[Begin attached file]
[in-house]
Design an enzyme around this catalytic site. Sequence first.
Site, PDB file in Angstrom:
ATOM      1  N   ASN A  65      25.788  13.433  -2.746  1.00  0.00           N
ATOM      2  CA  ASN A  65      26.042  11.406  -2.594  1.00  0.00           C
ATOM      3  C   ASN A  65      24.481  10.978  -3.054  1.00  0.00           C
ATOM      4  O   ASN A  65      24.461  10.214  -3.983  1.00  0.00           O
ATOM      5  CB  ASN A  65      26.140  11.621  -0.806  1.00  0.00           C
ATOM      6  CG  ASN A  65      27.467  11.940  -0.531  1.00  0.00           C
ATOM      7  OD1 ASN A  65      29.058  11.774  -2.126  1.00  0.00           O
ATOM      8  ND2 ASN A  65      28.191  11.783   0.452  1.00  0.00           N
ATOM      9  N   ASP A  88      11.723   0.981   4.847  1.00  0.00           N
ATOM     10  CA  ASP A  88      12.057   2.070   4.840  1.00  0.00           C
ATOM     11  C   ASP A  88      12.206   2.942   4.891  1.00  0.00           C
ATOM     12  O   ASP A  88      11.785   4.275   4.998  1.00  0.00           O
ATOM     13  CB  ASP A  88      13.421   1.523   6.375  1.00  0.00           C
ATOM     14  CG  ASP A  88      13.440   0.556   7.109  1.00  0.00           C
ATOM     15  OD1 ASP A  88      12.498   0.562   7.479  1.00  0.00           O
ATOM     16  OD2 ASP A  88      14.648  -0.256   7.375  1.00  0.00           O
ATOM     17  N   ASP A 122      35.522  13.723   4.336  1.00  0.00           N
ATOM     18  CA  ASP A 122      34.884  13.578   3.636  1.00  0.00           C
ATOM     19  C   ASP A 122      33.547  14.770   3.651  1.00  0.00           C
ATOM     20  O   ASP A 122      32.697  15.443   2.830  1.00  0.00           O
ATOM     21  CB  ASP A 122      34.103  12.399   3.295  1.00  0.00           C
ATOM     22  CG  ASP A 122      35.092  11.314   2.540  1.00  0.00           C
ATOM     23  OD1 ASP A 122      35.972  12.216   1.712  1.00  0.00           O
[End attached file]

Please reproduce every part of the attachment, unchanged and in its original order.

[in-house]
Design an enzyme around this catalytic site. Sequence first.
Site, PDB file in Angstrom:
ATOM      1  N   ASN A  65      25.788  13.433  -2.746  1.00  0.00           N
ATOM      2  CA  ASN A  65      26.042  11.406  -2.594  1.00  0.00           C
ATOM      3  C   ASN A  65      24.481  10.978  -3.054  1.00  0.00           C
ATOM      4  O   ASN A  65      24.461  10.214  -3.983  1.00  0.00           O
ATOM      5  CB  ASN A  65      26.140  11.621  -0.806  1.00  0.00           C
ATOM      6  CG  ASN A  65      27.467  11.940  -0.531  1.00  0.00           C
ATOM      7  OD1 ASN A  65      29.058  11.774  -2.126  1.00  0.00           O
ATOM      8  ND2 ASN A  65      28.191  11.783   0.452  1.00  0.00           N
ATOM      9  N   ASP A  88      11.723   0.981   4.847  1.00  0.00           N
ATOM     10  CA  ASP A  88      12.057   2.070   4.840  1.00  0.00           C
ATOM     11  C   ASP A  88      12.206   2.942   4.891  1.00  0.00           C
ATOM     12  O   ASP A  88      11.785   4.275   4.998  1.00  0.00           O
ATOM     13  CB  ASP A  88      13.421   1.523   6.375  1.00  0.00           C
ATOM     14  CG  ASP A  88      13.440   0.556   7.109  1.00  0.00           C
ATOM     15  OD1 ASP A  88      12.498   0.562   7.479  1.00  0.00           O
ATOM     16  OD2 ASP A  88      14.648  -0.256   7.375  1.00  0.00           O
ATOM     17  N   ASP A 122      35.522  13.723   4.336  1.00  0.00           N
ATOM     18  CA  ASP A 122      34.884  13.578   3.636  1.00  0.00           C
ATOM     19  C   ASP A 122      33.547  14.770   3.651  1.00  0.00           C
ATOM     20  O   ASP A 122      32.697  15.443   2.830  1.00  0.00           O
ATOM     21  CB  ASP A 122      34.103  12.399   3.295  1.00  0.00           C
ATOM     22  CG  ASP A 122      35.092  11.314   2.540  1.00  0.00           C
ATOM     23  OD1 ASP A 122      35.972  12.216   1.712  1.00  0.00           O